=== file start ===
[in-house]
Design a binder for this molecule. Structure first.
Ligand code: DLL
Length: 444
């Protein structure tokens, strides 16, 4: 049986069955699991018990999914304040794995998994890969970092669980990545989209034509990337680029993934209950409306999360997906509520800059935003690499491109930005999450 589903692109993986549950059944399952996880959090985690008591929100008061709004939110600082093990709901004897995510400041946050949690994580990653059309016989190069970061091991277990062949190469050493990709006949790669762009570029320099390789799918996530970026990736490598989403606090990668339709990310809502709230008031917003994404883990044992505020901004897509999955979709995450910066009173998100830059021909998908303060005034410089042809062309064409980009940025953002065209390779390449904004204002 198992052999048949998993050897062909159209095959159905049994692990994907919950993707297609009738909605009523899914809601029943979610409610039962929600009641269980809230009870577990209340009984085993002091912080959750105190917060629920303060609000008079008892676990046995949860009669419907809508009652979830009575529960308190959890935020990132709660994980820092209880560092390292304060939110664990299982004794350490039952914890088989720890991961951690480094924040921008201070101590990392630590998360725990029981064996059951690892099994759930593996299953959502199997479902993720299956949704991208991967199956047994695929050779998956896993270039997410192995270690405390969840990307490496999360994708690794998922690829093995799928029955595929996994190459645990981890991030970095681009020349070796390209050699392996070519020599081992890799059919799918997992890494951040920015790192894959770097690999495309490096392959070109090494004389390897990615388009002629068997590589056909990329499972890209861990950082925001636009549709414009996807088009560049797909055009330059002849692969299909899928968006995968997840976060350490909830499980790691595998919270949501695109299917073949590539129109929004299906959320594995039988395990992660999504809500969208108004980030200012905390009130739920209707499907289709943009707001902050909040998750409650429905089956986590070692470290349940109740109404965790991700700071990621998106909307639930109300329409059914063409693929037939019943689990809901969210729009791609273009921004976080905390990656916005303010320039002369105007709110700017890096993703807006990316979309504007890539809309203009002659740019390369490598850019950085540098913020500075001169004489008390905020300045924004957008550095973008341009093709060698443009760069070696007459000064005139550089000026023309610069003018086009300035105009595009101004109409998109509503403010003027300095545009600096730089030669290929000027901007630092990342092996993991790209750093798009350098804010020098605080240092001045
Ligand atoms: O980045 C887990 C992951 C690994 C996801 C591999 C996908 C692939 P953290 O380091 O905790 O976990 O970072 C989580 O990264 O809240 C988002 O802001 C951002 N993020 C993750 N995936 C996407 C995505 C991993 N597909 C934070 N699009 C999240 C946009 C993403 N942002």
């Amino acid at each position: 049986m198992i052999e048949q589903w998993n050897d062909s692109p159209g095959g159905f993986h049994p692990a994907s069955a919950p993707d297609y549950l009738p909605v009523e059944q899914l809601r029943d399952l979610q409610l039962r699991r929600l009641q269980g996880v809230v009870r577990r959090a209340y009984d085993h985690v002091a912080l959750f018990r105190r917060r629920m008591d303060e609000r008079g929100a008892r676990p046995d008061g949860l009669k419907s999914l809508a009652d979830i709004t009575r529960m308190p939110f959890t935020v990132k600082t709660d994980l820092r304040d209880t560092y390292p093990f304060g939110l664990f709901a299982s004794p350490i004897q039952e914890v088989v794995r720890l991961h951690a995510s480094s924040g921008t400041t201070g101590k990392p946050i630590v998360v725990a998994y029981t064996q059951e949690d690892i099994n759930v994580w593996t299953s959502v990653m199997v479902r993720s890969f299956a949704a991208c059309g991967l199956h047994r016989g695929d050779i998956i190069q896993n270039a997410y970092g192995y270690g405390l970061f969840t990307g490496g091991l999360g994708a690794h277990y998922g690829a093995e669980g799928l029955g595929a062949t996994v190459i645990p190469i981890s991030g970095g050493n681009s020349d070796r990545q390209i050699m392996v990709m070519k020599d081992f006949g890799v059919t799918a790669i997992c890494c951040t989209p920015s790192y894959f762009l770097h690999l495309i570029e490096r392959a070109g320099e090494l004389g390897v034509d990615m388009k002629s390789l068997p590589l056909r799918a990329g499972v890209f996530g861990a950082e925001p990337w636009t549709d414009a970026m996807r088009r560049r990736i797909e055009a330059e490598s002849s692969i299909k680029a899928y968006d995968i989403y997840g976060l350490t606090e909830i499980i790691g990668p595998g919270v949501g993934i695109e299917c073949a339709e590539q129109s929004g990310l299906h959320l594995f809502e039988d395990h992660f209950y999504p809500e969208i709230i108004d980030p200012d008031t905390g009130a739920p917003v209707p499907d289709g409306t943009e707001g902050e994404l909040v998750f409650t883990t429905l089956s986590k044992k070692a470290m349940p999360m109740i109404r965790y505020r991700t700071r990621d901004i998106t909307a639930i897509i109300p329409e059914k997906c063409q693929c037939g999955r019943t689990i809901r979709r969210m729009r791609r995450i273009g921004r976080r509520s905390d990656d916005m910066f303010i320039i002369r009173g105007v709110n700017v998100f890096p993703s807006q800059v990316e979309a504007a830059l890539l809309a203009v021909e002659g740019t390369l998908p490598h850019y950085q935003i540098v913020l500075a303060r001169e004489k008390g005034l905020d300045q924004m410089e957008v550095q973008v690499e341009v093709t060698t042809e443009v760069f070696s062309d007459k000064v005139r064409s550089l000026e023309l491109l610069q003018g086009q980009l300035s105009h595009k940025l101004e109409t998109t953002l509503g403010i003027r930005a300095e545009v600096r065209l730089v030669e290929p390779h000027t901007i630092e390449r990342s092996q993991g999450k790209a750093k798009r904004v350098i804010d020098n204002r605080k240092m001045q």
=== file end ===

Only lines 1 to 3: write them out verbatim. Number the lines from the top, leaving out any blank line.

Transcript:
[in-house]
Design a binder for this molecule. Structure first.
Ligand code: DLL